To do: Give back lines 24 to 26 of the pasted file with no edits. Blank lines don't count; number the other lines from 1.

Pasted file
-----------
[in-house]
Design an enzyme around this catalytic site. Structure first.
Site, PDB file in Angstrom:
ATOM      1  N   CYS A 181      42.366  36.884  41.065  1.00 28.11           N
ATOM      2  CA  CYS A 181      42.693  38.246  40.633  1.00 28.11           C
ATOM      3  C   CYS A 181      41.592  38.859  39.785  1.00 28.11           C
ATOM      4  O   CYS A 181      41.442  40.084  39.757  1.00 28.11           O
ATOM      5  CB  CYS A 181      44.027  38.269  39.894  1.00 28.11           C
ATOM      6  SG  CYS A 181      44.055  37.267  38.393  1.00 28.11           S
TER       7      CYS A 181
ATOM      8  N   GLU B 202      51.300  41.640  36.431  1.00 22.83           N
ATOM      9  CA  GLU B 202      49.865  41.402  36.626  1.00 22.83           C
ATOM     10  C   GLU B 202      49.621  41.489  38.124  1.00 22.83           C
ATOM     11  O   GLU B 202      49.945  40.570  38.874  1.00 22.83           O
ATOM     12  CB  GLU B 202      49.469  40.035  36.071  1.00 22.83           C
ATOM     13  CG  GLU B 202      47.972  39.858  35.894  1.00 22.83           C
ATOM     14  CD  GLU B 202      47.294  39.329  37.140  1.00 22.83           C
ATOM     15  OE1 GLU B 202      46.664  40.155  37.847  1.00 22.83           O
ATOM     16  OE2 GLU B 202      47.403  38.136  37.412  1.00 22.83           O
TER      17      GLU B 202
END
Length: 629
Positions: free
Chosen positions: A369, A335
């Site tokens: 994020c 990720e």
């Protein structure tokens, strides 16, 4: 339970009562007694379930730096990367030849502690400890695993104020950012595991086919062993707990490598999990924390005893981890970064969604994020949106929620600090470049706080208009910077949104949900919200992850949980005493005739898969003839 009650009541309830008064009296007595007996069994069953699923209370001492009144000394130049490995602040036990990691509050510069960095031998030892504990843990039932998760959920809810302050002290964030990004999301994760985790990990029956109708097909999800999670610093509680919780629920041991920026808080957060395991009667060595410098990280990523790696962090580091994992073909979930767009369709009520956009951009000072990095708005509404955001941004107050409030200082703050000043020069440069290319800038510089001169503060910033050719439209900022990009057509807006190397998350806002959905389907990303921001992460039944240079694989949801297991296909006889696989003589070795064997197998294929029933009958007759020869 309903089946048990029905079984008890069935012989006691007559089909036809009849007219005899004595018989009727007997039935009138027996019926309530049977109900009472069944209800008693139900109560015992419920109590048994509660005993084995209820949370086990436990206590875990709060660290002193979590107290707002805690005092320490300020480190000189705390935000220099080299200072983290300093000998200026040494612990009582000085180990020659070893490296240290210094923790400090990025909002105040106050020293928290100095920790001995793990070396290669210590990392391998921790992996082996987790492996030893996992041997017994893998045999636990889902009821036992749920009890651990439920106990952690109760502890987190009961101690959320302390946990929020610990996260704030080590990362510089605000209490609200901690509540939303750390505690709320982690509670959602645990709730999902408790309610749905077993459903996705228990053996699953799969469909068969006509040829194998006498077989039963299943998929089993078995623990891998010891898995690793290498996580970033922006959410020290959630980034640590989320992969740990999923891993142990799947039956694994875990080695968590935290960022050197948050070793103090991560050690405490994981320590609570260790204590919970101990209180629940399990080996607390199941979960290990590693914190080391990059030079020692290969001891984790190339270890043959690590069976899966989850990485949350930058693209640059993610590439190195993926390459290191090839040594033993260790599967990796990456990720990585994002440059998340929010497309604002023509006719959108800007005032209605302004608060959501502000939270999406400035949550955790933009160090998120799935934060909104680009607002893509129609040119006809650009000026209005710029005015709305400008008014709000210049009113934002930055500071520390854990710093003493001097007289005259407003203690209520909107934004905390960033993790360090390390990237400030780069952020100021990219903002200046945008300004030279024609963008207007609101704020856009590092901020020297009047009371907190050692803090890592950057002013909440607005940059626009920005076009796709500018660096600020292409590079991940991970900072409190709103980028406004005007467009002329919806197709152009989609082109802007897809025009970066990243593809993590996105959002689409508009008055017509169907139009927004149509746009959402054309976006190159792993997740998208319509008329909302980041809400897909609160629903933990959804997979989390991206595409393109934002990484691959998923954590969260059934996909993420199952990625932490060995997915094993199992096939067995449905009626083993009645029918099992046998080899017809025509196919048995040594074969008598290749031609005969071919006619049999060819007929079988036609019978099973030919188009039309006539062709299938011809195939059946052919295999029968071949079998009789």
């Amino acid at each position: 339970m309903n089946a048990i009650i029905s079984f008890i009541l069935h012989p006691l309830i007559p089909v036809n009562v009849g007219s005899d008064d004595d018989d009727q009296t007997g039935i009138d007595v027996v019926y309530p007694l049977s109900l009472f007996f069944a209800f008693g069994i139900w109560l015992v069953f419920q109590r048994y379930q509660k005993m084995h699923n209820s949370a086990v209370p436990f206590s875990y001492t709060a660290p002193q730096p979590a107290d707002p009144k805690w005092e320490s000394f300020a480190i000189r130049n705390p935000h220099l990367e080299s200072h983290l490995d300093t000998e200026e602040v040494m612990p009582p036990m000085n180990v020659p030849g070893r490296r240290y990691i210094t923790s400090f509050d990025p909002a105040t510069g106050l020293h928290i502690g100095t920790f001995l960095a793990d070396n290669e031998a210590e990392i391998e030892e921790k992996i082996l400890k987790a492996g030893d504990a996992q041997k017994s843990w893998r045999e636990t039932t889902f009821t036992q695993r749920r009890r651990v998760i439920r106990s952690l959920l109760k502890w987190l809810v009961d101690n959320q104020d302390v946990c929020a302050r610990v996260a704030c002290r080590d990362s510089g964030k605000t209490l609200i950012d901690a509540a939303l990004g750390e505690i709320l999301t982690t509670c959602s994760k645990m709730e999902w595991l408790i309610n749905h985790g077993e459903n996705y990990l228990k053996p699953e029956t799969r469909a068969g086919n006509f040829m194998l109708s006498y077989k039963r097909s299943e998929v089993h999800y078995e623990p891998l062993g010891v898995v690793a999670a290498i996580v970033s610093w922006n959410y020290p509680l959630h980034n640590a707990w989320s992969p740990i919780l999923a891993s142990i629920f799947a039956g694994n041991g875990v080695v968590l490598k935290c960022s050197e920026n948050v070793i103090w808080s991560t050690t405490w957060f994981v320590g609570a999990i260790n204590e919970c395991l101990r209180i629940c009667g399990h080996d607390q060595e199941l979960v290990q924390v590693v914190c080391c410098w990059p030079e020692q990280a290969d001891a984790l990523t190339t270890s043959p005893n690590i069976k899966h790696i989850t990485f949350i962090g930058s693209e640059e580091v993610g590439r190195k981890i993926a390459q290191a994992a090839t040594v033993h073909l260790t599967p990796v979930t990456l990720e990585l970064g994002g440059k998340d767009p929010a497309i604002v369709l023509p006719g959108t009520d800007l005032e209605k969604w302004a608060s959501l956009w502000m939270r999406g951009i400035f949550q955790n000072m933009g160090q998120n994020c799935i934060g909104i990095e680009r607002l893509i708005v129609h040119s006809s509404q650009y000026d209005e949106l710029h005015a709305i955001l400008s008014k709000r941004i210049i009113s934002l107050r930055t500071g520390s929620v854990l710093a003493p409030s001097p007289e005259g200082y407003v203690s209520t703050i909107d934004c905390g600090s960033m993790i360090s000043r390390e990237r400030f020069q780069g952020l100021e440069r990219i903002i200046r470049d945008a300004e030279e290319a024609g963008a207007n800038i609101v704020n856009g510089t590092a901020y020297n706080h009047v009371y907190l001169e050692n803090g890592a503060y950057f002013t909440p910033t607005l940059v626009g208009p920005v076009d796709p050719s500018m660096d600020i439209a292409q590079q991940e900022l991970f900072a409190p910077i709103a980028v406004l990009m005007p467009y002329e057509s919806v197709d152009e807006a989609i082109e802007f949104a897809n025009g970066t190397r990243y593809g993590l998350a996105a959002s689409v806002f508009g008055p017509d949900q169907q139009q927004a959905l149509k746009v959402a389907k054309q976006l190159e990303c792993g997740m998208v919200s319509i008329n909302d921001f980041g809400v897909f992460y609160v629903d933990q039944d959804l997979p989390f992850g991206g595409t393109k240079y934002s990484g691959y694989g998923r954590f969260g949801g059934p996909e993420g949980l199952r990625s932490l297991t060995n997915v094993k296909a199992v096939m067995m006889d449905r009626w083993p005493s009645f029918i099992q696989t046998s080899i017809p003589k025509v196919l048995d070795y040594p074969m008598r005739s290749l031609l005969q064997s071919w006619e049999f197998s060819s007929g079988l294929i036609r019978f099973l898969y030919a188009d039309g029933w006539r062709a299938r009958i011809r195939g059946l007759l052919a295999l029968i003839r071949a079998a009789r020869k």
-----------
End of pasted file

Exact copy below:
Chosen positions: A369, A335
């Site tokens: 994020c 990720e």
């Protein structure tokens, strides 16, 4: 339970009562007694379930730096990367030849502690400890695993104020950012595991086919062993707990490598999990924390005893981890970064969604994020949106929620600090470049706080208009910077949104949900919200992850949980005493005739898969003839 009650009541309830008064009296007595007996069994069953699923209370001492009144000394130049490995602040036990990691509050510069960095031998030892504990843990039932998760959920809810302050002290964030990004999301994760985790990990029956109708097909999800999670610093509680919780629920041991920026808080957060395991009667060595410098990280990523790696962090580091994992073909979930767009369709009520956009951009000072990095708005509404955001941004107050409030200082703050000043020069440069290319800038510089001169503060910033050719439209900022990009057509807006190397998350806002959905389907990303921001992460039944240079694989949801297991296909006889696989003589070795064997197998294929029933009958007759020869 309903089946048990029905079984008890069935012989006691007559089909036809009849007219005899004595018989009727007997039935009138027996019926309530049977109900009472069944209800008693139900109560015992419920109590048994509660005993084995209820949370086990436990206590875990709060660290002193979590107290707002805690005092320490300020480190000189705390935000220099080299200072983290300093000998200026040494612990009582000085180990020659070893490296240290210094923790400090990025909002105040106050020293928290100095920790001995793990070396290669210590990392391998921790992996082996987790492996030893996992041997017994893998045999636990889902009821036992749920009890651990439920106990952690109760502890987190009961101690959320302390946990929020610990996260704030080590990362510089605000209490609200901690509540939303750390505690709320982690509670959602645990709730999902408790309610749905077993459903996705228990053996699953799969469909068969006509040829194998006498077989039963299943998929089993078995623990891998010891898995690793290498996580970033922006959410020290959630980034640590989320992969740990999923891993142990799947039956694994875990080695968590935290960022050197948050070793103090991560050690405490994981320590609570260790204590919970101990209180629940399990080996607390199941979960290990590693914190080391990059030079020692290969001891984790190339270890043959690590069976899966989850990485949350930058693209640059993610590439190195993926390459290191090839040594033993260790599967990796990456990720990585994002440059998340929010497309604002023509006719959108800007005032209605302004608060959501502000939270999406400035949550955790933009160090998120799935934060909104680009607002893509129609040119006809650009000026209005710029005015709305400008008014709000210049009113934002930055500071520390854990710093003493001097007289005259407003203690209520909107934004905390960033993790360090390390990237400030780069952020100021990219903002200046945008300004030279024609963008207007609101704020856009590092901020020297009047009371907190050692803090890592950057002013909440607005940059626009920005076009796709500018660096600020292409590079991940991970900072409190709103980028406004005007467009002329919806197709152009989609082109802007897809025009970066990243593809993590996105959002689409508009008055017509169907139009927004149509746009959402054309976006190159792993997740998208319509008329909302980041809400897909609160629903933990959804997979989390991206595409393109934002990484691959998923954590969260059934996909993420199952990625932490060995997915094993199992096939067995449905009626083993009645029918099992046998080899017809025509196919048995040594074969008598290749031609005969071919006619049999060819007929079988036609019978099973030919188009039309006539062709299938011809195939059946052919295999029968071949079998009789």